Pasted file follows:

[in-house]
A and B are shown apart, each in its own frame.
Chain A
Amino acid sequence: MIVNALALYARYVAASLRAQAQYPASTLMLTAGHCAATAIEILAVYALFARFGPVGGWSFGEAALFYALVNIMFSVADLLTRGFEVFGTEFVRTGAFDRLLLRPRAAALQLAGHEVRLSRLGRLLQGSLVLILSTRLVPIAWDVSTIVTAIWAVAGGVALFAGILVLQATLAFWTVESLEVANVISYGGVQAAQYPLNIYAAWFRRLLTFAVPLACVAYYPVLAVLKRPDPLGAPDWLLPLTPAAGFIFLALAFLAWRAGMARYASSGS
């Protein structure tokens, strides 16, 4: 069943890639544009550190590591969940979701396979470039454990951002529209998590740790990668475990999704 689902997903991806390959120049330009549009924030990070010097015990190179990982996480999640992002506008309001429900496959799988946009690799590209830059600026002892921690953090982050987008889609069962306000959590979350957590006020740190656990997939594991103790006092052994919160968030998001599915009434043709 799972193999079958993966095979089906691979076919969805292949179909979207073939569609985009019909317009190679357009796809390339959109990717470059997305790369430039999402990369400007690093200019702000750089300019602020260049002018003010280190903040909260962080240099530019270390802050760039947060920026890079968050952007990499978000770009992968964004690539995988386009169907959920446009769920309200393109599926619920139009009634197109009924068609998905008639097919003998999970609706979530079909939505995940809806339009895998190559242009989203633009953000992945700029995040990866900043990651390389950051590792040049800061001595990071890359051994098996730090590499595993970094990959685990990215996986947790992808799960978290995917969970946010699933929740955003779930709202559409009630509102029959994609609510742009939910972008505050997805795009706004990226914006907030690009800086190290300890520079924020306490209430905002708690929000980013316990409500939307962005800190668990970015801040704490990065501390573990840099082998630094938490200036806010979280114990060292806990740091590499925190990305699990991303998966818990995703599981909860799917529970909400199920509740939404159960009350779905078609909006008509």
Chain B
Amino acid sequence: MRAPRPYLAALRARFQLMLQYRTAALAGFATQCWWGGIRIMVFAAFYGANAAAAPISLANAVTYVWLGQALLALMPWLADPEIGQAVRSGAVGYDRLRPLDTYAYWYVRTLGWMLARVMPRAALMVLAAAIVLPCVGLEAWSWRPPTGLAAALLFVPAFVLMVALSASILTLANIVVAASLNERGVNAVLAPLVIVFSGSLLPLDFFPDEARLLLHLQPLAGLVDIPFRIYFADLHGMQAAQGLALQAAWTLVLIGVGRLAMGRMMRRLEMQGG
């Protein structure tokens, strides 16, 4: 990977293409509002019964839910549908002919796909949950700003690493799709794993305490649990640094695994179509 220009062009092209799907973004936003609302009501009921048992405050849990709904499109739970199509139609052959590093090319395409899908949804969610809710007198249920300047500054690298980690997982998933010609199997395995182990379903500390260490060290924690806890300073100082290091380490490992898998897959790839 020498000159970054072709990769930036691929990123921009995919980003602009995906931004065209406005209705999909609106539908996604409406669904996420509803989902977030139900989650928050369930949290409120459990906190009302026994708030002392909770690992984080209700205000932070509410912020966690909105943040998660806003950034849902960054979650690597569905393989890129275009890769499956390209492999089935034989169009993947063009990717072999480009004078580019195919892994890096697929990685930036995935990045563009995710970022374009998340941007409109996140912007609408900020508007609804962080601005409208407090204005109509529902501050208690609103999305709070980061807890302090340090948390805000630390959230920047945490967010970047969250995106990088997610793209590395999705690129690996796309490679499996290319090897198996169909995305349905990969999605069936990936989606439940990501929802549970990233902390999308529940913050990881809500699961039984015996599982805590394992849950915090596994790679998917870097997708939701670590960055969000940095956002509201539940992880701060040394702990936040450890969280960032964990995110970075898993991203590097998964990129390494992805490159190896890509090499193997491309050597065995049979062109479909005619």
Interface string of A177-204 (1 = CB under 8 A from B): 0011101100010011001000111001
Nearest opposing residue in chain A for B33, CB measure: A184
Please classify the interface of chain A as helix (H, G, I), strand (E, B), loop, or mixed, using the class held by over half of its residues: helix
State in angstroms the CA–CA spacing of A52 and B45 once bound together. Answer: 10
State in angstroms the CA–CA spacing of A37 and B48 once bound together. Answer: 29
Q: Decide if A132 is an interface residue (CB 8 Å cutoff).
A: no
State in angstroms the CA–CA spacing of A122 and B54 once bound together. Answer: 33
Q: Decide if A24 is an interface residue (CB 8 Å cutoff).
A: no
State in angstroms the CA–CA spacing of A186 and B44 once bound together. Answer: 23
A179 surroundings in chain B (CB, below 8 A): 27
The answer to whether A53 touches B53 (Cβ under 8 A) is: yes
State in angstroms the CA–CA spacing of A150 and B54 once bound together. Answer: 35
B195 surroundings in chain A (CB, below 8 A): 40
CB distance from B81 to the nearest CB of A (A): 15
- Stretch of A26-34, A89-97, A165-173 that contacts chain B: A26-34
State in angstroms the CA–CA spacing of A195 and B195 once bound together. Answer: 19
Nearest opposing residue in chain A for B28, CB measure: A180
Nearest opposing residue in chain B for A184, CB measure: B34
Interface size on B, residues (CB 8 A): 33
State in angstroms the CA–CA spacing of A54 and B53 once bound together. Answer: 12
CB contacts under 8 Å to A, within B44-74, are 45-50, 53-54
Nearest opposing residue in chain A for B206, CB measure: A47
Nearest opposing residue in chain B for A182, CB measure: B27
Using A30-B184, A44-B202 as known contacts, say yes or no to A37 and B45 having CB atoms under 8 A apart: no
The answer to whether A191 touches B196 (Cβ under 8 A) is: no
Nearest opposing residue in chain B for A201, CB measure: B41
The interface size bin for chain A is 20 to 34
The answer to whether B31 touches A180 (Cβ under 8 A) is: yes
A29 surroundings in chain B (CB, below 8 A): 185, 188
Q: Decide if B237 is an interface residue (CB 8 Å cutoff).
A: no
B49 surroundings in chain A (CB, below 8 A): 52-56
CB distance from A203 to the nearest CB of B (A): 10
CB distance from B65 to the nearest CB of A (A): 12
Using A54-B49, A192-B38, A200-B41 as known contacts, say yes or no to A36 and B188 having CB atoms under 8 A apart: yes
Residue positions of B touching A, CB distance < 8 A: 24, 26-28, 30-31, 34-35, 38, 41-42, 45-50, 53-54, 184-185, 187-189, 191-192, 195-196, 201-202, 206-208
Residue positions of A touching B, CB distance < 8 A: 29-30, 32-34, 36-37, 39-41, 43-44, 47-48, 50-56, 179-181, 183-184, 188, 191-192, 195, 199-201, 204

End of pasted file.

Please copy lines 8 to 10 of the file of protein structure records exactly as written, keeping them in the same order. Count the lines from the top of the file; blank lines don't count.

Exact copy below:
């Protein structure tokens, strides 16, 4: 990977293409509002019964839910549908002919796909949950700003690493799709794993305490649990640094695994179509 220009062009092209799907973004936003609302009501009921048992405050849990709904499109739970199509139609052959590093090319395409899908949804969610809710007198249920300047500054690298980690997982998933010609199997395995182990379903500390260490060290924690806890300073100082290091380490490992898998897959790839 020498000159970054072709990769930036691929990123921009995919980003602009995906931004065209406005209705999909609106539908996604409406669904996420509803989902977030139900989650928050369930949290409120459990906190009302026994708030002392909770690992984080209700205000932070509410912020966690909105943040998660806003950034849902960054979650690597569905393989890129275009890769499956390209492999089935034989169009993947063009990717072999480009004078580019195919892994890096697929990685930036995935990045563009995710970022374009998340941007409109996140912007609408900020508007609804962080601005409208407090204005109509529902501050208690609103999305709070980061807890302090340090948390805000630390959230920047945490967010970047969250995106990088997610793209590395999705690129690996796309490679499996290319090897198996169909995305349905990969999605069936990936989606439940990501929802549970990233902390999308529940913050990881809500699961039984015996599982805590394992849950915090596994790679998917870097997708939701670590960055969000940095956002509201539940992880701060040394702990936040450890969280960032964990995110970075898993991203590097998964990129390494992805490159190896890509090499193997491309050597065995049979062109479909005619």
Interface string of A177-204 (1 = CB under 8 A from B): 0011101100010011001000111001
Nearest opposing residue in chain A for B33, CB measure: A184